A catch hive, perched high and mighty, lures scouting as potential new homes. If selected, a swarm of over a thousand bees can move in, where [Flatus]’s detector comes in. Many catch hives are scattered around, and manually checking them is difficult. While the breath of one bee is hard to see, a thousand bees produce enough CO2 to be detected by a sensor. A custom PCB with a solar-powered  +30dB LoRa radio measures CO2 and reports back. The PCB contains an ESP32 D4 and a 1-watt Ebyte E22-400M30S LoRa module. If the CO2 levels are still elevated at nightfall, [Flatus] can be pretty confident a swarm has moved in.

Using the data collected, he massaged it to create a dataset suitable for training on XGBoost. With weather data and other conditions, the model tries to predict when a swarm is more or less likely to happen. Apis Mellifera (the local honeybee around [Flatus]) loves sun-kissed, warm, humid afternoons with little wind.

We’ve seen beehive monitors before and love exploring what the data could be used for—video after the break.

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Liquid Neural Networks Do More With Less

[Ramin Hasani] and colleague [Mathias Lechner] have been working with a new type of Artificial Neural Network called Liquid Neural Networks, and presented some of the exciting results at a recent TEDxMIT.

Liquid neural networks are inspired by biological neurons to implement algorithms that remain adaptable even after training. [Hasani] demonstrates a machine vision system that steers a car to perform lane keeping with the use of a liquid neural network. The system performs quite well using only 19 neurons, which is profoundly fewer than the typically large model intelligence systems we’ve come to expect. Furthermore, an attention map helps us visualize that the system seems to attend to particular aspects of the visual field quite similar to a human driver’s behavior.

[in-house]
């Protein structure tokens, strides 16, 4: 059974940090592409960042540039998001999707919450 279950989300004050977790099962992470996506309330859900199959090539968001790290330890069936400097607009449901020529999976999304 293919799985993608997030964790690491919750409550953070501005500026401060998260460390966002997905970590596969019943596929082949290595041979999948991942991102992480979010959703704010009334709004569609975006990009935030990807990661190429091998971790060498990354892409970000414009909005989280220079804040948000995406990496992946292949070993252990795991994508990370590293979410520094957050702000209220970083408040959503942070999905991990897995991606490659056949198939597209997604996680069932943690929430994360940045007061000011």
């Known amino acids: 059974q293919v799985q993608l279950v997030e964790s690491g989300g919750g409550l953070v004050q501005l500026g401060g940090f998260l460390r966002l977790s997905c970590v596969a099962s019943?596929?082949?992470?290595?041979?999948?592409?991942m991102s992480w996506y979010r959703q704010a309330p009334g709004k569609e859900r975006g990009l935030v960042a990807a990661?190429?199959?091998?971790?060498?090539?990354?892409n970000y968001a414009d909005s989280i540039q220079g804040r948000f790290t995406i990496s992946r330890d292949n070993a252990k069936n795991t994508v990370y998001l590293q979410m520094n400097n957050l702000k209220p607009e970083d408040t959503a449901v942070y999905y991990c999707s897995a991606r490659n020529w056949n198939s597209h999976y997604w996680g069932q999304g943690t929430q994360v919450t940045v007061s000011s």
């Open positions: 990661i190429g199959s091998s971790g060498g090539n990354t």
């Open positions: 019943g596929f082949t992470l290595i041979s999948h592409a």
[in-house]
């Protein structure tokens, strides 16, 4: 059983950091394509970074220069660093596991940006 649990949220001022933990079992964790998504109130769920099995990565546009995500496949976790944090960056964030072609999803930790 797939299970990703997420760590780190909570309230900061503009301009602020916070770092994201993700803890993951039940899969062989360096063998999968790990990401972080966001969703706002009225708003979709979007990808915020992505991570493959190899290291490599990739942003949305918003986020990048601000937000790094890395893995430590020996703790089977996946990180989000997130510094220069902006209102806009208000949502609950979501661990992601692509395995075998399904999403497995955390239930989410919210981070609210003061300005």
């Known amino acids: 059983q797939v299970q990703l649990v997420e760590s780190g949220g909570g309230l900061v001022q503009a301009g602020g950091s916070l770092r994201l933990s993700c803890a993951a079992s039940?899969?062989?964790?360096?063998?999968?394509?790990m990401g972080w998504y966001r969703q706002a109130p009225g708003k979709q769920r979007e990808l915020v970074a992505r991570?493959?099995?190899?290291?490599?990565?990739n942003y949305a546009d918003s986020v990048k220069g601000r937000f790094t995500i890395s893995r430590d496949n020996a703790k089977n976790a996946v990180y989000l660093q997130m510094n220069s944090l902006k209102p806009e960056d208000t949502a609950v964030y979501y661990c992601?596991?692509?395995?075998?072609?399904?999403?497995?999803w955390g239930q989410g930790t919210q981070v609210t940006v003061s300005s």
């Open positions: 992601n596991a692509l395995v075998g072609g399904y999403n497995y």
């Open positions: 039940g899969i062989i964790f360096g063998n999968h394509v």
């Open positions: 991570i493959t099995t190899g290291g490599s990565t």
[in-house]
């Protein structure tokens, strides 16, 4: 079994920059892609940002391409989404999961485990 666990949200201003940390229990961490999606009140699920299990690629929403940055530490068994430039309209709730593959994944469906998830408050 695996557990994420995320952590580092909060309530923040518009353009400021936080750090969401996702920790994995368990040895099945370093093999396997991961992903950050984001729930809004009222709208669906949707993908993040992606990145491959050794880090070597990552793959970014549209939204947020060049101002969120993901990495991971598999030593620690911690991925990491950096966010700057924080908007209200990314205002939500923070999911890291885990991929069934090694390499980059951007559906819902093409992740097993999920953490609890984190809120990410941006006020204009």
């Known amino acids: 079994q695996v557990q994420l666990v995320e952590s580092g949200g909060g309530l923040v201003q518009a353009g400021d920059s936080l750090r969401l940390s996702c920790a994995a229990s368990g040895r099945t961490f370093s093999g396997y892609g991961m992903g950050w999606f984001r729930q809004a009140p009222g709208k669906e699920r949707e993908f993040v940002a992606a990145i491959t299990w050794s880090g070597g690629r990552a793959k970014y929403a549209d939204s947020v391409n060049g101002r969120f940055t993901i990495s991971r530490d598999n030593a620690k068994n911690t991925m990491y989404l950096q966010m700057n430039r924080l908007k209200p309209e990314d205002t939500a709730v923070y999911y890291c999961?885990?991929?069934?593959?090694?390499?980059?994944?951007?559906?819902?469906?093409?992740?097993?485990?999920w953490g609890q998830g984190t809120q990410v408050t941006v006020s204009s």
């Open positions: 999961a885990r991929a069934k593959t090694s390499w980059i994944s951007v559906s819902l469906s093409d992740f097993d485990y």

Mathias Lechner and Ramin Hasani
[Mathias Lechner] and [Ramin Hasani]
The typical scaling law of neural networks suggests that accuracy is improved with larger models, which is to say, more neurons. Liquid neural networks may break this law to show that scale is not the whole story. A smaller model can be computed more efficiently. Also, a compact model can improve accountability since decision activity is more readily located within the network. Surprisingly though, liquid neural network performance can also improve generalization, robustness, and fairness.

A liquid neural network can implement synaptic weights using nonlinear probabilities instead of simple scalar values. The synaptic connections and response times can adapt based on sensory inputs to more flexibly react to perturbations in the natural environment.

We should probably expect to see the operational gap between biological neural networks and artificial neural networks continue to close and blur. We’ve previously presented on wetware examples of building neural networks with actual neurons and ever advancing brain-computer interfaces.

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Why LLaMa Is A Big Deal

You might have heard about LLaMa or maybe you haven’t. Either way, what’s the big deal? It’s just some AI thing. In a nutshell, LLaMa is important because it allows you to run large language models (LLM) like GPT-3 on commodity hardware. In many ways, this is a bit like Stable Diffusion, which similarly allowed normal folks to run image generation models on their own hardware with access to the underlying source code. We’ve discussed why Stable Diffusion matters and even talked about how it works.

LLaMa is a transformer language model from Facebook/Meta research, which is a collection of large models from 7 billion to 65 billion parameters trained on publicly available datasets. Their research paper showed that the 13B version outperformed GPT-3 in most benchmarks and LLama-65B is right up there with the best of them. LLaMa was unique as inference could be run on a single GPU due to some optimizations made to the transformer itself and the model being about 10x smaller. While Meta recommended that users have at least 10 GB of VRAM to run inference on the larger models, that’s a huge step from the 80 GB A100 cards that often run these models.